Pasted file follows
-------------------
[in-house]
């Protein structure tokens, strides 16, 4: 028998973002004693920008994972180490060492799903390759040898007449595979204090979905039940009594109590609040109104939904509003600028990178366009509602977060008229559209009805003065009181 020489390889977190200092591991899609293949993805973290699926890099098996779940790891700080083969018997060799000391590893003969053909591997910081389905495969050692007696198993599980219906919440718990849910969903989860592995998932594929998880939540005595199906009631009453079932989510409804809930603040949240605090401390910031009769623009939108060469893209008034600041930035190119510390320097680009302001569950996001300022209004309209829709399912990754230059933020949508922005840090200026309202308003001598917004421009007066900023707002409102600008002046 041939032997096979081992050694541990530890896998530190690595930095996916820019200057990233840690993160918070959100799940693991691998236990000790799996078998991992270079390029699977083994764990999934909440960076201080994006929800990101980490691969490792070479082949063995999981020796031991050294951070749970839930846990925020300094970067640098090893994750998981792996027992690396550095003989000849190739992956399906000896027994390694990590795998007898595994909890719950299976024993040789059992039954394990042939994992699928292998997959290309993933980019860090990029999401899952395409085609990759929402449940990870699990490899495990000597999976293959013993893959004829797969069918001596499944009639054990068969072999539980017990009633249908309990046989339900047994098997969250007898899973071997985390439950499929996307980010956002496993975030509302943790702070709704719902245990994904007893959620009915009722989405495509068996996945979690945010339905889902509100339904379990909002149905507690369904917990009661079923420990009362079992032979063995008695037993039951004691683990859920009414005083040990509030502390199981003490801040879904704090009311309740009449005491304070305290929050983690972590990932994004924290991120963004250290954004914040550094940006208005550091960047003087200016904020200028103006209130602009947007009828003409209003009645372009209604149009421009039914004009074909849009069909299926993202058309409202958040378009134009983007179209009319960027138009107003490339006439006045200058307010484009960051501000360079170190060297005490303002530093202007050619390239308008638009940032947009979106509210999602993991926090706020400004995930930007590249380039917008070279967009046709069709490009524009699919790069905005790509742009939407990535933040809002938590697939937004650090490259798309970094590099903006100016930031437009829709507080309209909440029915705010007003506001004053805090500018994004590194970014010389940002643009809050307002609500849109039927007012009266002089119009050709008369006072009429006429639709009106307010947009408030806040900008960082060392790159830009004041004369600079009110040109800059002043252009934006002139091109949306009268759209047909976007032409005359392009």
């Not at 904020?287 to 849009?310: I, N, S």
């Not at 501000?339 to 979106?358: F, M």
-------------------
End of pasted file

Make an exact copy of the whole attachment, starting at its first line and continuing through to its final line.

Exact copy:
[in-house]
């Protein structure tokens, strides 16, 4: 028998973002004693920008994972180490060492799903390759040898007449595979204090979905039940009594109590609040109104939904509003600028990178366009509602977060008229559209009805003065009181 020489390889977190200092591991899609293949993805973290699926890099098996779940790891700080083969018997060799000391590893003969053909591997910081389905495969050692007696198993599980219906919440718990849910969903989860592995998932594929998880939540005595199906009631009453079932989510409804809930603040949240605090401390910031009769623009939108060469893209008034600041930035190119510390320097680009302001569950996001300022209004309209829709399912990754230059933020949508922005840090200026309202308003001598917004421009007066900023707002409102600008002046 041939032997096979081992050694541990530890896998530190690595930095996916820019200057990233840690993160918070959100799940693991691998236990000790799996078998991992270079390029699977083994764990999934909440960076201080994006929800990101980490691969490792070479082949063995999981020796031991050294951070749970839930846990925020300094970067640098090893994750998981792996027992690396550095003989000849190739992956399906000896027994390694990590795998007898595994909890719950299976024993040789059992039954394990042939994992699928292998997959290309993933980019860090990029999401899952395409085609990759929402449940990870699990490899495990000597999976293959013993893959004829797969069918001596499944009639054990068969072999539980017990009633249908309990046989339900047994098997969250007898899973071997985390439950499929996307980010956002496993975030509302943790702070709704719902245990994904007893959620009915009722989405495509068996996945979690945010339905889902509100339904379990909002149905507690369904917990009661079923420990009362079992032979063995008695037993039951004691683990859920009414005083040990509030502390199981003490801040879904704090009311309740009449005491304070305290929050983690972590990932994004924290991120963004250290954004914040550094940006208005550091960047003087200016904020200028103006209130602009947007009828003409209003009645372009209604149009421009039914004009074909849009069909299926993202058309409202958040378009134009983007179209009319960027138009107003490339006439006045200058307010484009960051501000360079170190060297005490303002530093202007050619390239308008638009940032947009979106509210999602993991926090706020400004995930930007590249380039917008070279967009046709069709490009524009699919790069905005790509742009939407990535933040809002938590697939937004650090490259798309970094590099903006100016930031437009829709507080309209909440029915705010007003506001004053805090500018994004590194970014010389940002643009809050307002609500849109039927007012009266002089119009050709008369006072009429006429639709009106307010947009408030806040900008960082060392790159830009004041004369600079009110040109800059002043252009934006002139091109949306009268759209047909976007032409005359392009």
């Not at 904020?287 to 849009?310: I, N, S």
């Not at 501000?339 to 979106?358: F, M």